Thorns - Heavy, thick sharp-pointed branches as opposed to spines which are defined here as relatively small or thin modified leaves.
Curved spines - Usually short spines Less than 1/2 inch long.
Hooked spines - Spines sharply curved at the ends like a fishhook. These spines can be small and thin or large and heavy.
Short straight spines without sheaths - Spines about a half inch long or less. Not sheathed. Test by pulling on the spine with two fingers.
Short straight spines with sheaths - Spines about a half inch long or less. Test by pulling on the spine with two fingers.
Long straight spines without sheaths - Spines about an inch or more long. Not sheathed. Test by pulling on the spine with two fingers.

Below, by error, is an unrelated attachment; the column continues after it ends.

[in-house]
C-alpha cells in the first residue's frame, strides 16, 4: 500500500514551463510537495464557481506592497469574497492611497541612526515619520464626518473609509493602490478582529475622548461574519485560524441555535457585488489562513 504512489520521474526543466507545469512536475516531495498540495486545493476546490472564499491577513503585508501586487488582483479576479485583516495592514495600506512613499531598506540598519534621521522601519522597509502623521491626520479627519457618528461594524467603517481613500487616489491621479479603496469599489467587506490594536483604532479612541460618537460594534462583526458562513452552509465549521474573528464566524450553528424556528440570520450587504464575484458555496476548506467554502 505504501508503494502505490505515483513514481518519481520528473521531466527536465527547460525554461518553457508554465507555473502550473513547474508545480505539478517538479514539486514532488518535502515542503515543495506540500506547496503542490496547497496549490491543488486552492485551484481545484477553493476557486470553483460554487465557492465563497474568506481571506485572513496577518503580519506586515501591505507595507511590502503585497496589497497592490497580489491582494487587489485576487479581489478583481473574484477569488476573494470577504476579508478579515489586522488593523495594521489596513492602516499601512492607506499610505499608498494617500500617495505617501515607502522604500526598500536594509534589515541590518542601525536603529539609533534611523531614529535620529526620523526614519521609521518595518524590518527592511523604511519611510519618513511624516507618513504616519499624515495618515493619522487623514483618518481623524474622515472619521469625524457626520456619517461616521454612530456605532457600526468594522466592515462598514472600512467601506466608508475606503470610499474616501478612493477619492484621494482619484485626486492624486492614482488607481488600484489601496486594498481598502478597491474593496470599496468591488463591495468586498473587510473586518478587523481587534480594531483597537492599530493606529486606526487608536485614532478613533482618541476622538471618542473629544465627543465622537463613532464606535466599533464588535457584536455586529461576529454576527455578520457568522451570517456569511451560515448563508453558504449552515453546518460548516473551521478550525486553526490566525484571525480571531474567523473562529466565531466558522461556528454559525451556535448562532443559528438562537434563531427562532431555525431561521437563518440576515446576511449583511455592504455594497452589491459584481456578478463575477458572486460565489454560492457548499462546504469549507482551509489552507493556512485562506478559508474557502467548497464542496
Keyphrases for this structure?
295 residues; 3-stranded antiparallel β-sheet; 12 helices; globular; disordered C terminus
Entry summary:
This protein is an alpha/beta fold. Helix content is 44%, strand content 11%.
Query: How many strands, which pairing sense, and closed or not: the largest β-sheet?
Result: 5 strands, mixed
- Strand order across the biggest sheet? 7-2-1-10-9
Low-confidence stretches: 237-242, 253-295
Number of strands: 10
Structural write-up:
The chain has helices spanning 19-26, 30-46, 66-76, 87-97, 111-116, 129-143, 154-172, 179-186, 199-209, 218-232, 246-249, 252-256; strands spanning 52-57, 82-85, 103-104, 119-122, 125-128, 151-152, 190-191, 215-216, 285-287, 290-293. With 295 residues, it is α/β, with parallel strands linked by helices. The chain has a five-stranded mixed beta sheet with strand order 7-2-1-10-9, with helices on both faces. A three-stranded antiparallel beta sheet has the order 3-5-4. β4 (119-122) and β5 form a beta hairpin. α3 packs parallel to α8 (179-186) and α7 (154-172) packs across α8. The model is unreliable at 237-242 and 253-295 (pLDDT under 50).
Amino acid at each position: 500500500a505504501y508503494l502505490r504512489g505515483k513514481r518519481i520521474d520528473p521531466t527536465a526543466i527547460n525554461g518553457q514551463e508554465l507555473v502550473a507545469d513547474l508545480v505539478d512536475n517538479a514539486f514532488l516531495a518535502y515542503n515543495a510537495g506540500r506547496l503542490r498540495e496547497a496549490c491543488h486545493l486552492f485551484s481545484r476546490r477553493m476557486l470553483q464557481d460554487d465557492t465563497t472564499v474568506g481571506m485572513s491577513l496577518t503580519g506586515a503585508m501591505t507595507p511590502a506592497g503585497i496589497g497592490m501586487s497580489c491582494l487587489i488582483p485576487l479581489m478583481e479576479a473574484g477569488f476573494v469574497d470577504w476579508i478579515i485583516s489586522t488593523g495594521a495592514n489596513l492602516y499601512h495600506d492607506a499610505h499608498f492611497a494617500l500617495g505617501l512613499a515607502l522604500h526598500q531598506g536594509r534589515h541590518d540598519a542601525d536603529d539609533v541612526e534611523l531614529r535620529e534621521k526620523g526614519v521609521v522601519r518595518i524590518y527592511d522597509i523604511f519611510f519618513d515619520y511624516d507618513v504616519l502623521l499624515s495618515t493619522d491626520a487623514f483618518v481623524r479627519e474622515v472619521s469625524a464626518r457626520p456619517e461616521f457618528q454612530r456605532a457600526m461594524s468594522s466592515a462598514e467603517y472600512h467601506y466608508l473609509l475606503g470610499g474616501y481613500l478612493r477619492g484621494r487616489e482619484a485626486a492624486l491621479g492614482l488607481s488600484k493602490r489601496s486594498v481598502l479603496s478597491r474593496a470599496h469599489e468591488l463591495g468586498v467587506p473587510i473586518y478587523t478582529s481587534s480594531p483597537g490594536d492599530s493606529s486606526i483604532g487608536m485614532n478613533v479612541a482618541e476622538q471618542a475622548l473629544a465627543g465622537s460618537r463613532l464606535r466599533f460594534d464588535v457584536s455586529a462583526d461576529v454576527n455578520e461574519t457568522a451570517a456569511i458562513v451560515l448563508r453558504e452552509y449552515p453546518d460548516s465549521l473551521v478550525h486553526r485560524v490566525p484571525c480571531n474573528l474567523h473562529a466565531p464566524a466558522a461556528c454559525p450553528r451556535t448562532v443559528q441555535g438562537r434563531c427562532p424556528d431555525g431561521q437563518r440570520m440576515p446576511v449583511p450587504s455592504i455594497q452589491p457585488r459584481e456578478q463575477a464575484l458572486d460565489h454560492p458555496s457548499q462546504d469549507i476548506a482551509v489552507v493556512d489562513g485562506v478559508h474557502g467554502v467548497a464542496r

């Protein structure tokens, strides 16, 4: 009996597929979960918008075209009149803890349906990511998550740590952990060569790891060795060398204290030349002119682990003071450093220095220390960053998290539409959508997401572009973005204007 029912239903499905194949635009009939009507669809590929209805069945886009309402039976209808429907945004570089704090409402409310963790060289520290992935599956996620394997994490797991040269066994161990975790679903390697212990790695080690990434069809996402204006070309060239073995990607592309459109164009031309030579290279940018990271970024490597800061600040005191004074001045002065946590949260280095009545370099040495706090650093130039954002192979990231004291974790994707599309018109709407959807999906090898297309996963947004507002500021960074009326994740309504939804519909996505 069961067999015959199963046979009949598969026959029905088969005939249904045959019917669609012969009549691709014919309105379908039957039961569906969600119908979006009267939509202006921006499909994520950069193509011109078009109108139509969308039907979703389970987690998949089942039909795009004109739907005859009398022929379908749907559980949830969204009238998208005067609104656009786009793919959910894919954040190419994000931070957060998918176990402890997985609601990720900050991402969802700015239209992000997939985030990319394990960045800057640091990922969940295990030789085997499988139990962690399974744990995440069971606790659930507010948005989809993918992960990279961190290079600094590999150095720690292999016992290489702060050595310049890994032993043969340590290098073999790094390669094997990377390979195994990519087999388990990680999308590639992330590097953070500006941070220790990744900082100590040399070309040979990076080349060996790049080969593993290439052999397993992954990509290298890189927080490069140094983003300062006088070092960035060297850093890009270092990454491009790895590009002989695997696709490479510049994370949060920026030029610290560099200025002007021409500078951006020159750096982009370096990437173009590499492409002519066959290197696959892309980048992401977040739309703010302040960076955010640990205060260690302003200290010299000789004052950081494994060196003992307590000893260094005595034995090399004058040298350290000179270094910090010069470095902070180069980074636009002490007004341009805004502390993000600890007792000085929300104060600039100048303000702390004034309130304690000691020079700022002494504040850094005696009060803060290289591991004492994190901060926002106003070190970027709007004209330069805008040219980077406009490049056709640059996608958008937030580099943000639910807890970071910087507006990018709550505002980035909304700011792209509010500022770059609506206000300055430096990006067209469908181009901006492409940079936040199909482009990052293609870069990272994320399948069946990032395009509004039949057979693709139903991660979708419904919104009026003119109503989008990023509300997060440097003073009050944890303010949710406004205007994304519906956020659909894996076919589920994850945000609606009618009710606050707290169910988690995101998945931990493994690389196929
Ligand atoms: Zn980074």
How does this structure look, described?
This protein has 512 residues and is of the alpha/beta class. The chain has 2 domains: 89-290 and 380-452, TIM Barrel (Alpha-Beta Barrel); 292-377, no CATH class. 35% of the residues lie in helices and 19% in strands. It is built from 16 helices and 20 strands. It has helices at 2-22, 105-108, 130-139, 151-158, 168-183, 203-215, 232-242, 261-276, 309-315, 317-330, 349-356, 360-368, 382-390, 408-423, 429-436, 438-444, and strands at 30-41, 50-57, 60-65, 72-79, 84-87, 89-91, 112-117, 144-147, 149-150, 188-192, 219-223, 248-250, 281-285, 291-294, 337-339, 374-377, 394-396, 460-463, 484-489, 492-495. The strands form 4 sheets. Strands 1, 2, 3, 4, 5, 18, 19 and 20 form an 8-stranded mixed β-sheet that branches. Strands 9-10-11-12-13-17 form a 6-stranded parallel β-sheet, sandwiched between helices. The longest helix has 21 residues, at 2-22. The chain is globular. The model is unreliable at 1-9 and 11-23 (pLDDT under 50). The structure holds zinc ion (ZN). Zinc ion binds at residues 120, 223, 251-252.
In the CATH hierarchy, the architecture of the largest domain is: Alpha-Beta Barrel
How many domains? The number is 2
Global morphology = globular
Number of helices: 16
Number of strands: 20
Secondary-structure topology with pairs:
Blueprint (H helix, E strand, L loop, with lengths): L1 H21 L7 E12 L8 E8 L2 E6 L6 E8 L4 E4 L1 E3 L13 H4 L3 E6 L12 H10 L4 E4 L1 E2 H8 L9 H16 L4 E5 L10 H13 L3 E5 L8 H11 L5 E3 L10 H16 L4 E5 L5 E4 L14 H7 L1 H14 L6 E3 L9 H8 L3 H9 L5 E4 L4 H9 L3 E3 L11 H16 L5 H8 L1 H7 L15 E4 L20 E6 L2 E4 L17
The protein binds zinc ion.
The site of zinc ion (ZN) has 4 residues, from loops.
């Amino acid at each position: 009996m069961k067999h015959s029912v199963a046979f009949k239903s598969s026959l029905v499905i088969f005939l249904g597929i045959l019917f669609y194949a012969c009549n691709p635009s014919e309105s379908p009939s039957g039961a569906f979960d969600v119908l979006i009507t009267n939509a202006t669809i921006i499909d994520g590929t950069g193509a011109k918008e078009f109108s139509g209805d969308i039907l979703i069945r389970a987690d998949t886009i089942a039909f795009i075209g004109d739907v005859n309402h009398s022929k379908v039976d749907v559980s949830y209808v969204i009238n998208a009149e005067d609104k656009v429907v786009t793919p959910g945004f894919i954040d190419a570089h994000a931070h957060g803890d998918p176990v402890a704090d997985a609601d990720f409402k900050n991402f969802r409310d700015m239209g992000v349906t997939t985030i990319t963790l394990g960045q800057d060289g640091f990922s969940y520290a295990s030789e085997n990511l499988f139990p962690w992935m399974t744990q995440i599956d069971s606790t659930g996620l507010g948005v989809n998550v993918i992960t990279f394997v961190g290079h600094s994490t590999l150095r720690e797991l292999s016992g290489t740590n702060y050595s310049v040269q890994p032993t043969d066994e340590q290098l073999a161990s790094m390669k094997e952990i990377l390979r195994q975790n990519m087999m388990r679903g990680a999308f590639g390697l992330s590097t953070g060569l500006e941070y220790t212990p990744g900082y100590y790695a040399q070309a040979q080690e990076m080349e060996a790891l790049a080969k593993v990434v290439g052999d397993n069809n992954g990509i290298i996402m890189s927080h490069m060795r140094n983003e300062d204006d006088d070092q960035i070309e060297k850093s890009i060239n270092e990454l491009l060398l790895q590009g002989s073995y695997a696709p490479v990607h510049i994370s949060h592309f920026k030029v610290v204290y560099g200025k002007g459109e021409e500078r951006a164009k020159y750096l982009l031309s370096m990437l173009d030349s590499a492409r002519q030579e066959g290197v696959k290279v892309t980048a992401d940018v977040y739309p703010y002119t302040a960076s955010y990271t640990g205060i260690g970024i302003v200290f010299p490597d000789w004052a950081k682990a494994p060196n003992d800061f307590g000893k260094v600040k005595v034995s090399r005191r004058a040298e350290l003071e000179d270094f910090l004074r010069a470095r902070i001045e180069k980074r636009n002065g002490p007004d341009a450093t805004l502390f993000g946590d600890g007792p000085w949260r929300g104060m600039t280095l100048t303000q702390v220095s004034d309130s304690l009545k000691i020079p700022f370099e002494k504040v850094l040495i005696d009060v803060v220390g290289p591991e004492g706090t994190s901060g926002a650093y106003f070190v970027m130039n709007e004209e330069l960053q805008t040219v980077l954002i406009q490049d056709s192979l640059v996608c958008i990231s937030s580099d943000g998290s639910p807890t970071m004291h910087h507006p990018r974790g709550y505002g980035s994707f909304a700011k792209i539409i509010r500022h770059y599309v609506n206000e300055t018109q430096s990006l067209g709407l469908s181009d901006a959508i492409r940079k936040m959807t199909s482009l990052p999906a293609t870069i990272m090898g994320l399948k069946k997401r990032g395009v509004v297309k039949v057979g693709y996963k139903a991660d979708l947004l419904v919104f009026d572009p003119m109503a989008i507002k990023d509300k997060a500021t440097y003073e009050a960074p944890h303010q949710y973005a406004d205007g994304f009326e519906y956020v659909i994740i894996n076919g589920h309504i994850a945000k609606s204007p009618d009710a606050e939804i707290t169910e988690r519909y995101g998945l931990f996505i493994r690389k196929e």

Long straight spines with sheaths - Spines about an inch or more long with sheaths. By grasping the spine with two fingers and pulling, the sheath will become evident as it comes off.
Spine tipped leaves - Heavy, stiff elongated leaves with extremely sharp spines at the ends.
Spiny leaves - Leaves of various shapes with spines around the margins.
Spiny involucres - Plants in the aster (composite, sunflower, daisy, etc.) family with spines at the tips of the bracts at the base of the flower heads.
Spiny around flowers - Spines at the base of flowers not in the aster family.
Spiny fruits - Plants bearing fruits with spines (often hooked) on the fruits.
Glochids only - Cacti without normal spines but bearing extremely sharp, tiny, hairlike projections where the spine would be (areoles). These are called glochids and are extremely irritating to the skin.
Very short spines - Spines thicker than glochids (sharp, hairlike projections on certain cacti) but only about 1/4 to 3/8 inch long.